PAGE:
April 21, 2010
Who Is Obstructing the Iran Refined Petroleum Sanctions Act?By John Appleton
Iran is the number-one terror-sponsoring nation in the world; it has been killing Americans for years. The country is led to by mad mullahs who see nuclear weapons as a ticket to paradise. Why would one key congressman spend the last year and a half trying to derail plans to stop Iran's nuclear program? Perhaps because he is doing so at the behest of Barack Obama.
Iranian President Mahmoud Ahmadinejad has messianic dreams that view nuclear Armageddon as a means to bring about the return of Shia Islam's Hidden Imam and usher in a new age. For years, the Iranian regime has boasted of its plans to destroy the little Satan (Israel) and the big Satan (America).
For the past few years, Congress has worked on bills to erect a sanctions regime designed to moderate that Iran's behavior and slow, if not stop, its nuclear program. Over the years, various sanctions have been put in place and have not yet worked. Therefore, efforts have been made in both the Senate and the House to toughen the sanctions. A key focus has been efforts to shut off the export of refined petroleum products (gasoline, heating oil) into Iran. Despite having vast crude reserves, the nation cannot refine its own crude -- leading in the past to riots.
The Senate has a version of what is called the Iran Refined Petroleum Sanctions Act; the House has its own separate, somewhat weaker version.
Before these bills are voted on separately by both Houses of Congress, they must first be voted out of the foreign affairs committees of each house. In the Senate, this would be the Foreign Relations Committee, chaired by Democratic Senator John Kerry (D-MA). In the House, it would be the Foreign Affairs Committee, chaired by Howard Berman (D-CA). Both have been accused of working with the White House to slow passage of these bills. Nevertheless, eventually and through the hard work of many advocates, both bills were voted out of the committee and then passed in both the Senate and the House.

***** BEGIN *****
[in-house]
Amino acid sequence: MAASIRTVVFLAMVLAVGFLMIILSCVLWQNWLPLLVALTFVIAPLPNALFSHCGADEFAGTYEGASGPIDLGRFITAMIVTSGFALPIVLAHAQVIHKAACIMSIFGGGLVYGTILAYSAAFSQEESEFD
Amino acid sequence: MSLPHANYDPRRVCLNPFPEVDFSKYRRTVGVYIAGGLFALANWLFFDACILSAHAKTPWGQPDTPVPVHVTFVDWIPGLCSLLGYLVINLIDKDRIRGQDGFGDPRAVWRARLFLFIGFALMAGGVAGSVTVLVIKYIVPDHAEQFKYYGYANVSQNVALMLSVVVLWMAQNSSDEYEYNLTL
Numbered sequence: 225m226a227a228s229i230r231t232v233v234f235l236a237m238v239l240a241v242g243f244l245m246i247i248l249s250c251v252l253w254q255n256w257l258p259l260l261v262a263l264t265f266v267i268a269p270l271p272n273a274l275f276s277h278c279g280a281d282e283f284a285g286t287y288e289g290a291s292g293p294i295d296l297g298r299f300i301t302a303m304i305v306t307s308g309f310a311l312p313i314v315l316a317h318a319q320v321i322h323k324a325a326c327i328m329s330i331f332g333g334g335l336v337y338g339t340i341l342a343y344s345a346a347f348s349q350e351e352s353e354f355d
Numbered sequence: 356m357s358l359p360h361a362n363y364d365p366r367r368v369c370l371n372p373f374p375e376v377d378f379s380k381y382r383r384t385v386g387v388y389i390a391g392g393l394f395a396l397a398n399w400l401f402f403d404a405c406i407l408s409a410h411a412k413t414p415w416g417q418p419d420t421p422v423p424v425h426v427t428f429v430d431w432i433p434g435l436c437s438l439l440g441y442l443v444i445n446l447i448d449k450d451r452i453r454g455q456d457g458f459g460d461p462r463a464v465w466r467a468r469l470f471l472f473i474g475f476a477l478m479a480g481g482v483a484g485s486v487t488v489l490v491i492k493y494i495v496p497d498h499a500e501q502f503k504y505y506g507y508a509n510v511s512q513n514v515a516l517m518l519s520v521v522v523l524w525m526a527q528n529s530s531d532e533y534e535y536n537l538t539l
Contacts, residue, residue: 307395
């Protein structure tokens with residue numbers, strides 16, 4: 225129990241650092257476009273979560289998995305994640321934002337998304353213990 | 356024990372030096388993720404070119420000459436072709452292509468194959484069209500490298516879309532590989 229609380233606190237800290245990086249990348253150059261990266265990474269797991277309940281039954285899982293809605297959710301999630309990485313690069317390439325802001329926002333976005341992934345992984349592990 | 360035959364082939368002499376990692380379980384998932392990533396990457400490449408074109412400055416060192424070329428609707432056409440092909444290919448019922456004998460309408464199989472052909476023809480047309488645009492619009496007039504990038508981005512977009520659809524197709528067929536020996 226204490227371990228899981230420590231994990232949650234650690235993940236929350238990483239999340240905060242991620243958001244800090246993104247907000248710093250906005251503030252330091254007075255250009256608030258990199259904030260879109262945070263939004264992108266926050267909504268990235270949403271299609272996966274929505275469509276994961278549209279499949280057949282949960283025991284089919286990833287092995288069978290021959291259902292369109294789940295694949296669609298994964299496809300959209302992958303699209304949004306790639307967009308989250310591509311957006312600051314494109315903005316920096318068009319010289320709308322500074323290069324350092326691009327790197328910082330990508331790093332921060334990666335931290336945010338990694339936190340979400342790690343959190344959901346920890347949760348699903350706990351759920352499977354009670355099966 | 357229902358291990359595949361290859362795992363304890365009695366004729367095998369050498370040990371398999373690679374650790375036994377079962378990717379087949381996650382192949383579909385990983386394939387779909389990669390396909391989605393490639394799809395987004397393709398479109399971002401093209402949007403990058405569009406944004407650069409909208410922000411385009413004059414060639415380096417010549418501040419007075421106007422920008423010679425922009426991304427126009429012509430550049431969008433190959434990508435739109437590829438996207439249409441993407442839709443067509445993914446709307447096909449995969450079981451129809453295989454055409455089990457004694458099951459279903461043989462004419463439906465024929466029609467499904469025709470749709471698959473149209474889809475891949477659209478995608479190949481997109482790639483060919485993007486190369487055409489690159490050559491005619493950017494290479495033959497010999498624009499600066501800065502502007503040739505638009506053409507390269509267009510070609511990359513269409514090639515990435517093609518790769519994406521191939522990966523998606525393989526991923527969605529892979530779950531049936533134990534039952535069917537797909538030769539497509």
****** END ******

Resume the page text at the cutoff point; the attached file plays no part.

But for the bills to become law, the bills have to be "reconciled" in a conference composed of both congressmen and senators, usually chosen by the chairmen of the committees who oversee the area involved in the legislation.
This type of reconciliation is not the controversial type of reconciliation used to pass ObamaCare, but refers to the process of melding the two separate bills into one single bill that can then be voted upon by both the House and the Senate. Then it would be passed on to the president for signing, becoming law.
But there seems to be a roadblock: Chairman Howard Berman.
John Kerry chose his conferees on March 11, 2010. Howard Berman has chosen to sit this one out -- he has not yet chosen his conferees from the House. The obduracy became so bad that steps were taken to elevate the matter to House leadership. They seem to be exasperated enough with Berman's delays to take the naming of the conferees upon themselves this week. Meanwhile, the clock is ticking and the centrifuges are spinning.
This led me to suspect that something may be amiss with Congressman Berman, who professes to be, among other things, a strong supporter of the America-Israel relationship. There are reasons to question this view. Berman seems to be more devoted to doing the bidding of Barack Obama than to defending America and our allies from a nuclear Iran.
As noted above, the progression of the bill through the House has been a slow one. Clearly, the White House did not want a bill to interfere with its outreach towards Iran. There have been reports that Howard Berman worked with the White House to "gum up the works." His reward may very well have been help with fundraising.
From Politico (December 8, 2009):
This was during the heat of the ObamaCare fight, yet the White House chief of staff -- for the first time -- takes a break to raise some funds for Berman. We shouldn't be surprised. The boys from Chicago have routinely treated Democrats as dogs in need of training: They can get the stick, such as a threat that they are "keeping score" regarding who supports them in Congress, or the carrot: fundraising help. Threats and bribes are the Chicago way.